Money & Company

Tracking the market and economic trends
that shape your finances.

« Previous Post | Money & Company Home | Next Post »

Swine flu scammers selling fake remedies online

May 1, 2009 |  6:54 pm

Did you know that a silver solution has the power to kill the swine flu virus?

Hogwash, says the Food and Drug Administration and Federal Trade Commission, which issued warnings Friday that scammers are taking advantage of the swine flu scare to sell worthless, even dangerous  "remedies."

An Internet search coughed up sites selling colloidal silver, which is basically water that includes silver particles. The ads say the swine flu virus (also known as H1N1), can be killed by washing the skin and even the hair with the stuff.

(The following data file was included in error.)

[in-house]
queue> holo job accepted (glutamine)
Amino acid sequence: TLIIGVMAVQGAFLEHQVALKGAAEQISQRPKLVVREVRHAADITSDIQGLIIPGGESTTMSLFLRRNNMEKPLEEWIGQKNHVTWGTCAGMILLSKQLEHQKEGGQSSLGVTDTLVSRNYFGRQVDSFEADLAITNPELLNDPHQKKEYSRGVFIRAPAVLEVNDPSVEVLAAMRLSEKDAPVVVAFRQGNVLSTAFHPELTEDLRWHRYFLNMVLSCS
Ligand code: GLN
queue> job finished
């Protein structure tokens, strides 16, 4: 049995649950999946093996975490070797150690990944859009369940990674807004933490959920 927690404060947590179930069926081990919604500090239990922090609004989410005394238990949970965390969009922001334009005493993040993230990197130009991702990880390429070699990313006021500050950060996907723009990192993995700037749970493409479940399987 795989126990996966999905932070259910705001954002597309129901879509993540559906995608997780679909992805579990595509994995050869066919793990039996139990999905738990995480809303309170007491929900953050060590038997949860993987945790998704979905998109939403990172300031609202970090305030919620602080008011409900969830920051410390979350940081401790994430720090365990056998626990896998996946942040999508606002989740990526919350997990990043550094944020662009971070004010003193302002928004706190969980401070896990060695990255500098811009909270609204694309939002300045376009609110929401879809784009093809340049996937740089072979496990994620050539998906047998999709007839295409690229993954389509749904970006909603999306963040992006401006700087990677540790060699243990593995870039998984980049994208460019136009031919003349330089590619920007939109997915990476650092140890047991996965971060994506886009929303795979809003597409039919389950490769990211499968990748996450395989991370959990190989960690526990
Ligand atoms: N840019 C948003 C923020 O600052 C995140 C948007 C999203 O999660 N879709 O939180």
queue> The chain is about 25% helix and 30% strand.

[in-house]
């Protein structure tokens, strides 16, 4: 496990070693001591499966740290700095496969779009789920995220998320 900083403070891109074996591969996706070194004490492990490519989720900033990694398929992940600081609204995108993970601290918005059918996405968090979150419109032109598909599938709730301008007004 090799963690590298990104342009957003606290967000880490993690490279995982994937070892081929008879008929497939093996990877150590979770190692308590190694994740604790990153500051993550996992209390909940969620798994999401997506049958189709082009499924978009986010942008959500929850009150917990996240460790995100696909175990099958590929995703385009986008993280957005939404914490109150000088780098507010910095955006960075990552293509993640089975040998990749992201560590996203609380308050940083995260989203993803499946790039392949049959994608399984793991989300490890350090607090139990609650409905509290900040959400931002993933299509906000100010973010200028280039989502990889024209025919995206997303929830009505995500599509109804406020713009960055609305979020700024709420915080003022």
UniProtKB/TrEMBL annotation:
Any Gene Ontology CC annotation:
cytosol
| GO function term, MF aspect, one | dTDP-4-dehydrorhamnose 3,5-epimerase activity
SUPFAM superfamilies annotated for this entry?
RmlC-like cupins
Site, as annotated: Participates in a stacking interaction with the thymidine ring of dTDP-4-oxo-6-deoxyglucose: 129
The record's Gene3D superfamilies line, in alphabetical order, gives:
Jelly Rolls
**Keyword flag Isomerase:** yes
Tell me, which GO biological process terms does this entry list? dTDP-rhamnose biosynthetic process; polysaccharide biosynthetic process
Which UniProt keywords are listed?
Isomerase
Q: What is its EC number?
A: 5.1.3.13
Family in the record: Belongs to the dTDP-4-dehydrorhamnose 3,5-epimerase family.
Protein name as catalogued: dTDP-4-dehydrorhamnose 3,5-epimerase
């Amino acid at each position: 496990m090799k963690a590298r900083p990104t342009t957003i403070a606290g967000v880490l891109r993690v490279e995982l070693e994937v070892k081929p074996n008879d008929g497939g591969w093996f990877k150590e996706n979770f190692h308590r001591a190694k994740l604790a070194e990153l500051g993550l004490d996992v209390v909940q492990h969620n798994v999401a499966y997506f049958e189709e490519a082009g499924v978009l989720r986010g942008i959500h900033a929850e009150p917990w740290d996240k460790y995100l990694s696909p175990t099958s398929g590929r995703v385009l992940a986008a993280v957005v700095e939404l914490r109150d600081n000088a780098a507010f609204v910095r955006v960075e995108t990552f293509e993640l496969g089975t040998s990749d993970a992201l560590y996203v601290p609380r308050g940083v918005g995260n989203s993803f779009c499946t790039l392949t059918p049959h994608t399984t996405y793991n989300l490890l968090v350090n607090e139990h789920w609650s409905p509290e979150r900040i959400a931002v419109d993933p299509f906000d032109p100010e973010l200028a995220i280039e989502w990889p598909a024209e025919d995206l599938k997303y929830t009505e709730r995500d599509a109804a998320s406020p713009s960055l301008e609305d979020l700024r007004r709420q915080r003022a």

But colloidal silver as a cure-all is a fraud with a long history, with quacks claiming over the years it could be used to treat cancer, AIDS, tuberculosis, scarlet fever, diabetes and numerous other diseases.

In 1999, the FDA banned therapeutic claims for over-the-counter colloidal silver products. Studies showed the solution could be dangerous, causing seizures and kidney damage. Pregnant women were specifically warned because colloidal silver could cause harm to fetuses. 

So, when it comes to swine flu, there's no silver lining. Simple hand-washing is one of the best defenses against getting the flu, experts say, and if you do get it there are only two FDA-approved antiviral drugs for treatment, Tamiflu and Relenza, both of which are available only by prescription.

—David Colker